Best Houston Dentist | How long do Dental Crowns Last?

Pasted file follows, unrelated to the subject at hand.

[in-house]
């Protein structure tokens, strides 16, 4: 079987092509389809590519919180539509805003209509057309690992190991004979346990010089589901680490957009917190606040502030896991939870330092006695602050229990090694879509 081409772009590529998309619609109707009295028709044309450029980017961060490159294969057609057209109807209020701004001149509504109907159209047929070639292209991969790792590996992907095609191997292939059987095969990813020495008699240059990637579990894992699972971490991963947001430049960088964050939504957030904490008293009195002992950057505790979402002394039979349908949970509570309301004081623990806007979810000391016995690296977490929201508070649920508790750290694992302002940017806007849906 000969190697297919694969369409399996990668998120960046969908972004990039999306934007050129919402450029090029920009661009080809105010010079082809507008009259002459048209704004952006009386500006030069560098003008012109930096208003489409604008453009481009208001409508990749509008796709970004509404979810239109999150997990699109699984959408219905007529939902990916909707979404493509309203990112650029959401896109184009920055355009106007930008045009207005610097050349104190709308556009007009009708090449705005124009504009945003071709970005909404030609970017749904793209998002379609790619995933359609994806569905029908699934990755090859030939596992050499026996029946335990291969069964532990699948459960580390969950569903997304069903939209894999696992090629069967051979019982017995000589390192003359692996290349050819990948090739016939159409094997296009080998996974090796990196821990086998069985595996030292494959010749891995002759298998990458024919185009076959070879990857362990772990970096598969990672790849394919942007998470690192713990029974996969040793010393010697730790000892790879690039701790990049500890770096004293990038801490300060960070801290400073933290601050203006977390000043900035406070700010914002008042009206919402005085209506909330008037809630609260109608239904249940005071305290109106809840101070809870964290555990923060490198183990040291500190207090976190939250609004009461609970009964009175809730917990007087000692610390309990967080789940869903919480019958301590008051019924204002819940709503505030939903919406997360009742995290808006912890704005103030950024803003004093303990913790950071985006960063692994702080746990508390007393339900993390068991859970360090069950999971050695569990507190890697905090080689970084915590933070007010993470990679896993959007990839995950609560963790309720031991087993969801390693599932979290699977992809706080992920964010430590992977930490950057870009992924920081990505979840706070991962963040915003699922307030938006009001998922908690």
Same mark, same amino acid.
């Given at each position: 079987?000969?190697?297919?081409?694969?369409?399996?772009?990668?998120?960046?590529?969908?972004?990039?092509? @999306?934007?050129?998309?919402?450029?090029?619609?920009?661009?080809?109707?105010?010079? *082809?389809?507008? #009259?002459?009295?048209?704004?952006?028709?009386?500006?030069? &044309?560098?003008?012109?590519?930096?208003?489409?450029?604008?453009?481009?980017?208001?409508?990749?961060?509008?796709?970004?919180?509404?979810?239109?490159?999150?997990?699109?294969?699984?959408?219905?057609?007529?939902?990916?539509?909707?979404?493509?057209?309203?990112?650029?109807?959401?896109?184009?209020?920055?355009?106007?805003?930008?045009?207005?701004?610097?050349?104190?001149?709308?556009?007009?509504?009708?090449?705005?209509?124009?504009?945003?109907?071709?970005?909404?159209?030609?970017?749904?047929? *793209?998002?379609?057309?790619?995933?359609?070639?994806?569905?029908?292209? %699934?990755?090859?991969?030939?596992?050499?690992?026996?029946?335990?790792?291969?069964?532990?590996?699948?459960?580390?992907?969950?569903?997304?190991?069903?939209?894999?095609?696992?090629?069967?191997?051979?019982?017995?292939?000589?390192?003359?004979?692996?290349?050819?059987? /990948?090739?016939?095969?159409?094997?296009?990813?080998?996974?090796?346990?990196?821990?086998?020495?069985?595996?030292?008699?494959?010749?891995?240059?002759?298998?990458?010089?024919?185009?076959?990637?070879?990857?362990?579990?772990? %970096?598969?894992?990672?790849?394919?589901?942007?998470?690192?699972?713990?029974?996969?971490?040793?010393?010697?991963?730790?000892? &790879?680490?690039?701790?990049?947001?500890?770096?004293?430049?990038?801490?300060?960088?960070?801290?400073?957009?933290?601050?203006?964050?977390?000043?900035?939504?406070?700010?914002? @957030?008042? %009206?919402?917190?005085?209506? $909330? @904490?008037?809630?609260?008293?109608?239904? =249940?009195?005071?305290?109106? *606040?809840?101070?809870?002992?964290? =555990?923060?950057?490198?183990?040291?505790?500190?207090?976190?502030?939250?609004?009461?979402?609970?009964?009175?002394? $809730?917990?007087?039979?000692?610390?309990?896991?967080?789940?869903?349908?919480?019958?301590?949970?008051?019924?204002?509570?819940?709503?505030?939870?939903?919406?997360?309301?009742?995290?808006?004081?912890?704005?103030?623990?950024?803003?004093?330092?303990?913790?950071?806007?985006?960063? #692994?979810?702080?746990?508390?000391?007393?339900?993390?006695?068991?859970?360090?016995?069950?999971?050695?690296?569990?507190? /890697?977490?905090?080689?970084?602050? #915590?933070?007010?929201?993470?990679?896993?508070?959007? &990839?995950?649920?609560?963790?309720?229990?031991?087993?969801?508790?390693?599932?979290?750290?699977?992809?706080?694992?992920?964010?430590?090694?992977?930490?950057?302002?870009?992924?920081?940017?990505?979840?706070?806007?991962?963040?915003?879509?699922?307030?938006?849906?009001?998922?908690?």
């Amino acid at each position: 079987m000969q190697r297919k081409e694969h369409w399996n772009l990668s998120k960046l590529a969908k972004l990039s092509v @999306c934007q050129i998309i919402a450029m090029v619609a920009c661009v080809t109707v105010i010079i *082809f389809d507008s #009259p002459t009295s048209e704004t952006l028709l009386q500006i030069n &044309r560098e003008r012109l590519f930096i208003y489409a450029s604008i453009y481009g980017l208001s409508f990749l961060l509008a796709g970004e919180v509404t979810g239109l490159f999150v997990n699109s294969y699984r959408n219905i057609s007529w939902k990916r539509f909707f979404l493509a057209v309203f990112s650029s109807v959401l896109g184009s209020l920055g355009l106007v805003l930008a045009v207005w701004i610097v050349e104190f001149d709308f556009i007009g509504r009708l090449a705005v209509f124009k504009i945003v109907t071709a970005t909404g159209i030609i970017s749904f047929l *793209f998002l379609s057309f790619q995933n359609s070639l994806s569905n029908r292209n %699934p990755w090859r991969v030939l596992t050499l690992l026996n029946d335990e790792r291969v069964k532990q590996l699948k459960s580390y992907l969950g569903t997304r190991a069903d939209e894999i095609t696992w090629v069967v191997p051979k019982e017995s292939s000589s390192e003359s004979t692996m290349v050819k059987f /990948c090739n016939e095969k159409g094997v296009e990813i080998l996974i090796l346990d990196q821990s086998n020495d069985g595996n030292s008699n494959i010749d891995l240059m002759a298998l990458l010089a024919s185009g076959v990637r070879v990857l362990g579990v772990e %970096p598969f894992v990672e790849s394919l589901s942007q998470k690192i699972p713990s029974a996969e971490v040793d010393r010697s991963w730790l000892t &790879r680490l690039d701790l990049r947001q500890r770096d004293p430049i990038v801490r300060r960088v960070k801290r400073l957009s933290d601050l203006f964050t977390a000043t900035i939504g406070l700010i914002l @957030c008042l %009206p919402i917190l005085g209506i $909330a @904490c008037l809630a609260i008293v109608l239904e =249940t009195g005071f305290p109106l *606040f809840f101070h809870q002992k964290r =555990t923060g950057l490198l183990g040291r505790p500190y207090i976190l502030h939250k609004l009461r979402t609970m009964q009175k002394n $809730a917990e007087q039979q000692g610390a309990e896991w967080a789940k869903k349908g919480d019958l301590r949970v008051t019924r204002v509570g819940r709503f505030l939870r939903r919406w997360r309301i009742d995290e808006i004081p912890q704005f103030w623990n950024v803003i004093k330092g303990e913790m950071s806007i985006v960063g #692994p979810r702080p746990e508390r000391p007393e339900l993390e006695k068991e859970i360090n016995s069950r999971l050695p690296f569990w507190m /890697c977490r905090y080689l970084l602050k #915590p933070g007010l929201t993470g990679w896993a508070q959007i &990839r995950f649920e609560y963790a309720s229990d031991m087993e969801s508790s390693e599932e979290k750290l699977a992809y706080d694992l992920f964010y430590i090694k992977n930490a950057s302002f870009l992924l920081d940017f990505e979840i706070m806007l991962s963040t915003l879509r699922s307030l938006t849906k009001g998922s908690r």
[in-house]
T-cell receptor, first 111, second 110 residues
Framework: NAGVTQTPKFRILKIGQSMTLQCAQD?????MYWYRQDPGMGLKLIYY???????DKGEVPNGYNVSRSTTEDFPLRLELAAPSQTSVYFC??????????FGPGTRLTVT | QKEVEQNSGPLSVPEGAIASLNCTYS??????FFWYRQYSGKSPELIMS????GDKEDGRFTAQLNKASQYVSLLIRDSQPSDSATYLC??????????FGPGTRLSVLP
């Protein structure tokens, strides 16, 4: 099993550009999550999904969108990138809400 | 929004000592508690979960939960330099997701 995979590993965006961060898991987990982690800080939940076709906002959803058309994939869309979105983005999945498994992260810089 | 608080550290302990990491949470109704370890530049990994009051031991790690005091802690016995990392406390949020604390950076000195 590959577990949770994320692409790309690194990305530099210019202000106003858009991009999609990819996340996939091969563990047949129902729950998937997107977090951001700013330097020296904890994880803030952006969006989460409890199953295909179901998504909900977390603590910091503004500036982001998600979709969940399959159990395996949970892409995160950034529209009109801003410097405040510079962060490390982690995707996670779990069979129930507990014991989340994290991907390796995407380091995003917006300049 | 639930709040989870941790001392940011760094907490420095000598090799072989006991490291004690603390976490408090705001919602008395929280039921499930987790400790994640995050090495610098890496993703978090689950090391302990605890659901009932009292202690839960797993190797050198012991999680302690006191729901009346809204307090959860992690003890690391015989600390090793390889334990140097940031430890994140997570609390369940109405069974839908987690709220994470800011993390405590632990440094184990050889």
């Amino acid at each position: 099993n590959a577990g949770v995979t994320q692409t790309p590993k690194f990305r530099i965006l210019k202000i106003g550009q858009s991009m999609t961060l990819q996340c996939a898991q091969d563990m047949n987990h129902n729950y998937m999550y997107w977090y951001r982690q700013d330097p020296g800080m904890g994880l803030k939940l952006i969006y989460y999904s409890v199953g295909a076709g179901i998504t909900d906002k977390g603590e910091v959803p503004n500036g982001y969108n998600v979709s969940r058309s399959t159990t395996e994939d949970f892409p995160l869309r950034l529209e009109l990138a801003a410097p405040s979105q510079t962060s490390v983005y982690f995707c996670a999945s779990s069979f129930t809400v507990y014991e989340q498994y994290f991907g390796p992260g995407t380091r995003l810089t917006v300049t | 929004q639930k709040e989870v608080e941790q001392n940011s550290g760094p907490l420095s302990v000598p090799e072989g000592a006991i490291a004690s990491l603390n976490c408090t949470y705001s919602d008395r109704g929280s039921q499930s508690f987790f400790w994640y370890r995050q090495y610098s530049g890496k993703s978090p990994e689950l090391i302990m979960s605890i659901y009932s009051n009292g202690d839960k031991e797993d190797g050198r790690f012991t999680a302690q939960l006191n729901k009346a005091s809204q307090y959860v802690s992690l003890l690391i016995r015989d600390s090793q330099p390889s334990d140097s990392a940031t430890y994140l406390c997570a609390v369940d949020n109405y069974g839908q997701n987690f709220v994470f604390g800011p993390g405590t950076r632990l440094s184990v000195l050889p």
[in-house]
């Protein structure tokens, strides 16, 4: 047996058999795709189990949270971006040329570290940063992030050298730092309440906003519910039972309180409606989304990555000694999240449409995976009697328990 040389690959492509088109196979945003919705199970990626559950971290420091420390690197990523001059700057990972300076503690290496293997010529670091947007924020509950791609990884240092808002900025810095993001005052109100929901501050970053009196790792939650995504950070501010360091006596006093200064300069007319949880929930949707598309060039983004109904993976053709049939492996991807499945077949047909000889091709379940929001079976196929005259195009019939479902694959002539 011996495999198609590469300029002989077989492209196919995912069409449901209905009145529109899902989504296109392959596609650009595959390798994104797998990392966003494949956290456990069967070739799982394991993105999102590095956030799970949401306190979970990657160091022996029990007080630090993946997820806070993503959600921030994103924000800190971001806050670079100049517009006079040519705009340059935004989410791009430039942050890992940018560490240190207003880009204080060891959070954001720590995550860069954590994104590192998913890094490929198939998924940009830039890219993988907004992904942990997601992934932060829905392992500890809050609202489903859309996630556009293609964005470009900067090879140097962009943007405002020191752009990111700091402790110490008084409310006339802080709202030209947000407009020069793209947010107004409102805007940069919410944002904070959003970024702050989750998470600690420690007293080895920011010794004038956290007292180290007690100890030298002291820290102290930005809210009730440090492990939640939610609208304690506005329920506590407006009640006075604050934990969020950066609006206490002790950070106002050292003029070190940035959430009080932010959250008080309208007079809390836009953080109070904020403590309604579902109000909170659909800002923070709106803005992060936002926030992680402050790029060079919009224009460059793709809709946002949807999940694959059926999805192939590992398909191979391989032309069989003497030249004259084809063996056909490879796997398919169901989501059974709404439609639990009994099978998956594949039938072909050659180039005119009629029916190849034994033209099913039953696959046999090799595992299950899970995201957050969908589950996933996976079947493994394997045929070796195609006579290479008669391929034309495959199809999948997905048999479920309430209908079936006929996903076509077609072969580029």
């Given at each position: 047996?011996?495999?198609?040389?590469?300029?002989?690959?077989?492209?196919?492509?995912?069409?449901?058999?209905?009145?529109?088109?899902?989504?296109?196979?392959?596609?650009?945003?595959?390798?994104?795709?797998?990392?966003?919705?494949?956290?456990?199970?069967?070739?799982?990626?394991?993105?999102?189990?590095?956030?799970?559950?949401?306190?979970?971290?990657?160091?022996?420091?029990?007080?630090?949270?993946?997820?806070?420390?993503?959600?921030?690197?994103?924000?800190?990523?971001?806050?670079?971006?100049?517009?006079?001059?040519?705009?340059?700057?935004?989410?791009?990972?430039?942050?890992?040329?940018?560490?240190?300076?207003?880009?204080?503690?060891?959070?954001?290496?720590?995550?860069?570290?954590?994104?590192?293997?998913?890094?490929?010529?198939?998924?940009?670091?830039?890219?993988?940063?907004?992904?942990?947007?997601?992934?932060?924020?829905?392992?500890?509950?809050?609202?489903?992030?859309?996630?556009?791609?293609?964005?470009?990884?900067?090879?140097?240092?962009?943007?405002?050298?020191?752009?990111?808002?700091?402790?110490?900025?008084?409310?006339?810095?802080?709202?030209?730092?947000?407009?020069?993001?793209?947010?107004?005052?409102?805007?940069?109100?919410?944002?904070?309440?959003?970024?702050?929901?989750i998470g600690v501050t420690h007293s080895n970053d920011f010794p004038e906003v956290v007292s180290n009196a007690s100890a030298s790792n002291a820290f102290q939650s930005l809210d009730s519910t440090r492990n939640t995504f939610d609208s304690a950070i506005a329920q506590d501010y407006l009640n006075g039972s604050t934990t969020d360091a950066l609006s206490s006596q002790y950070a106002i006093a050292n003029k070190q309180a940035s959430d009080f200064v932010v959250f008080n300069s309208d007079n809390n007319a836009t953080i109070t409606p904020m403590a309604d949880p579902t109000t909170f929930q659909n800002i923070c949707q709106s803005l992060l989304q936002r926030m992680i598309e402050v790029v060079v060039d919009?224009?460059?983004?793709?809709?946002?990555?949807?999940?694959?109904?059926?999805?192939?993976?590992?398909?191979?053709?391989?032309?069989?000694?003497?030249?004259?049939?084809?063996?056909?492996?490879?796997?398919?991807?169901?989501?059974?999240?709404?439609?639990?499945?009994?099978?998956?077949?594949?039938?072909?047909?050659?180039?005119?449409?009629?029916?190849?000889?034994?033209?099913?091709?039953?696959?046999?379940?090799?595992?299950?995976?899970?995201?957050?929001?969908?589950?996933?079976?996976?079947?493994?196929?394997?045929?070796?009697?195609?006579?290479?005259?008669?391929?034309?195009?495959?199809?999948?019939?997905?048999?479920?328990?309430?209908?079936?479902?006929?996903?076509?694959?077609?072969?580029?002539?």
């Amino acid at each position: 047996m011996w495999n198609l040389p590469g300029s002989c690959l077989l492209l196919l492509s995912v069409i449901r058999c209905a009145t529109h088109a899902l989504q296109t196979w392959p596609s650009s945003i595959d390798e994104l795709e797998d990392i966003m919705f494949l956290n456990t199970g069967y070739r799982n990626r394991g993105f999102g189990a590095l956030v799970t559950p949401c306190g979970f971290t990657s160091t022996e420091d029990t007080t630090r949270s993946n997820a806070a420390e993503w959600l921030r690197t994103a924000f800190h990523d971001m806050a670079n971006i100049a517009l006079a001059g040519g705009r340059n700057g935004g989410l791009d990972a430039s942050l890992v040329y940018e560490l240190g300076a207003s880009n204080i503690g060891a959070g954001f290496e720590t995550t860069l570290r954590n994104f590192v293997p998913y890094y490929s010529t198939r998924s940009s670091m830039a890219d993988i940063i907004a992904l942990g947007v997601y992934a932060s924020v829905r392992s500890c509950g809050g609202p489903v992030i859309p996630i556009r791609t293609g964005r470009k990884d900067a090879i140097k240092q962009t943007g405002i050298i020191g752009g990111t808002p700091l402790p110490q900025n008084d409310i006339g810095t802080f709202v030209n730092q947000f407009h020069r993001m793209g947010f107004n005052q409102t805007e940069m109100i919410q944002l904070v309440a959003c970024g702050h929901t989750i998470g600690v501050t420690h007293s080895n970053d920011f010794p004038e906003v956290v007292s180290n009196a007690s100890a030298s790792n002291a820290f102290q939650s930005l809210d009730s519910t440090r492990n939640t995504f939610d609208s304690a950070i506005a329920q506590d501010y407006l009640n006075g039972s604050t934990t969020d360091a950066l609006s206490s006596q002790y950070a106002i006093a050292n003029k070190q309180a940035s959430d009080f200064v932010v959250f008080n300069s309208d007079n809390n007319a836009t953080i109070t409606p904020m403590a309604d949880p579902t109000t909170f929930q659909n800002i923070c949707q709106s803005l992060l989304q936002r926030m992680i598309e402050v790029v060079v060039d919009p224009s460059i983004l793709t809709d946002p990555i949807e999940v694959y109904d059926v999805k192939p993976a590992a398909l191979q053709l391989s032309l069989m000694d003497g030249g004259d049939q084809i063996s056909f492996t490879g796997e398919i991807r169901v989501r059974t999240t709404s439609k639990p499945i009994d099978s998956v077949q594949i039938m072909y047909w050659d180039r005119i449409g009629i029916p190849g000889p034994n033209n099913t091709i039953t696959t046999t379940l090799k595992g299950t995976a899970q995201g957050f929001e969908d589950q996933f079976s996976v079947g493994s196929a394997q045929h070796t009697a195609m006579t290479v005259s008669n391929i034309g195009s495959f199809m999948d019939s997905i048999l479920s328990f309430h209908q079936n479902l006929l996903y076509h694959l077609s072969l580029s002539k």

How long do Dental Crowns Last?There are many variables involved, so it is a complex answer. It really depends on the patient, material used, and laboratory used.  Well done and well maintained crowns can last decades.  At URBN Dental, we exclusively use Da Vinci Laboratories.Many insurance companies will pay for replacement crowns after 5-10 years, meaning they aren’t surprised if the crown should be redone. Since these companies use their vast accumulation of data to make reasonable denials of any payment as much as they can, we can probably estimate on how long they last on average by insurance companies willingness to pay for replacements after 5-10 years.There is no question that poor hygiene and poor maintenance habits can lead to recurrent decay under the crown and cause need for its premature replacement. There are also Technical issues that can allow for a crown to last for many years or for just a few years.It is rare for a crown to fail alone, but it is common for the patient to neglect their crown.  Whether crowns are gold, porcelain on metal or all porcelain do not decay.  This does not mean that a tooth neglected of good hygiene practice will not decay.  Decay under a poorly maintained crown is the most common cause of crown failure in patients.As you know proper checkups and dental hygiene are very important. With that being said, 80% of crown/dental restoration failures can be attributed to dire issues, meaning that you may be a grinder or clencher. If the patient has Clenching or Bruxism habits or perhaps TMJ Dysfunction this can cause premature wear and chipping and thus loss of usefulness of the Crown. Often these fractures happen due to night time grinding and clenching. We ALL do it. Some more than others. When we eat we typically put 80-90 pounds per square inch of pressure on our teeth. Amazingly, people have been recorded at 3000 pounds per square inch in their sleep. I guess your brain just isn’t there to tell you to stop!   If you don’t want a dental crown to break you should make sure that the laboratory that the crown is made is reputable. At URBN Dental, we exclusively use Da Vinci Laboratories (as seen on ABC’s Extreme Make over). Everything else breaks, however the stronger the material, the less likely it will break. Emax is a lithium disilicate porcelain which boasts 400 megapascals of strength. Contrast that with a porcelain fused to metal (PFM) 120 megapascals, and traditional “pressed porcelain” at 130-160 megapascals. Our lab makes emax crowns completely out of emax, contrasted with a method of making a coping out of emax and then stacking traditional porcelain on it. The latter logically would be no stronger than the porcelain fused to metal crowns (PFM). Emax crowns can break, so that is why if you want it to never break, go with the gold.Typically, if you break a tooth or restoration while eating, it was already fractured and just waiting to pop.  That’s unless you are eating rocks or jawbreakers, etc. Also, proper use of crown is key. Although teeth are tools to help us to bite, chew and speak, they are not tools for holding roofing nails, biting finger nails or removing bottle caps.  Using a porcelain crown inappropriately can cause the porcelain to chip or fracture or the porcelain veneered on the metal base to break off.As long as the crown is manufactured to the highest standards, choosing the right material and fitted to your bite properly, it will have the potential to last a lifetime.Why do dental crowns need to be replaced? There can be a variety of reasons why a crown may need to be replaced. We will list some of the reasons as well along with the material of the crowns below:Crowns may get damaged or cracked. Excessive wear may thin down the material of the crown, in some cases the crown may cause wear on the opposing teeth. If oral hygiene is not kept up, there may be problems with tooth decay. Cosmetically a crown may be replaced if any of the front crowns are “PFM” or porcelain fused to metal. These particular crowns have a grey metal base and an external porcelain shell, so when light is used on the tooth it does not look very cosmetic.Dental crowns may fracture, specifically the porcelain part of the crown. All ceramic crowns that fracture typically crack through the entire crown. This typically requires the entire crown to be replaced. Making the right initial choice.This is a prime reason why the type of crown you have placed on a back tooth should have a proven history of being able to withstand the level of forces involved. Zirconia Crowns and eMax crowns typically do very well in the posterior region of the mouth. The most popular high durability and strength crowns are IPS eMax crowns and Zirconia BruxZir crowns.In terms of strength, zirconia tests as the stronger of the two. However, research has shown that eMax crowns have a 10 year survival rate, compared with Zirconia that has a 5 year survival rate.Repair solutions for all-ceramic restorations. If there is cracking or breakage of a ceramic crown, there is no repair option available. However, if there is a small chip, the crown itself can be smoothened down so it does not bother the tongue. Patching open margins with a filling material is not an option, because there is very low bond strength in that area which may lead to recurrent decay. Another type of crown is called a porcelain fused to metal crown. The skeleton of the crown is made out of metal, whereas the body or face of the crown is porcelain. They are fused together. Hence it is called a Porcelain fused to metal crown.When a porcelain fused to metal crown is broken, typically only the porcelain portion is fractured off leaving the metal portion intact. In other words, the metal portion will typically allow for the tooth to keep its seal and integrity. No replacement is necessary if only a small amount of porcelain is broken off, however, aesthetically it may not be very pleasing to the eye. Repair solutions for PFM crowns.If there is just minor damage, nothing needs to be done. Just generally smoothing is necessary.  It is possible for filling material (dental composite) to be bonded to the porcelain surfaces by a special technique called acid etching, silane coupling however, it is very technique and case sensitive. These type of patch fixes are generally short lasting and unpredictable.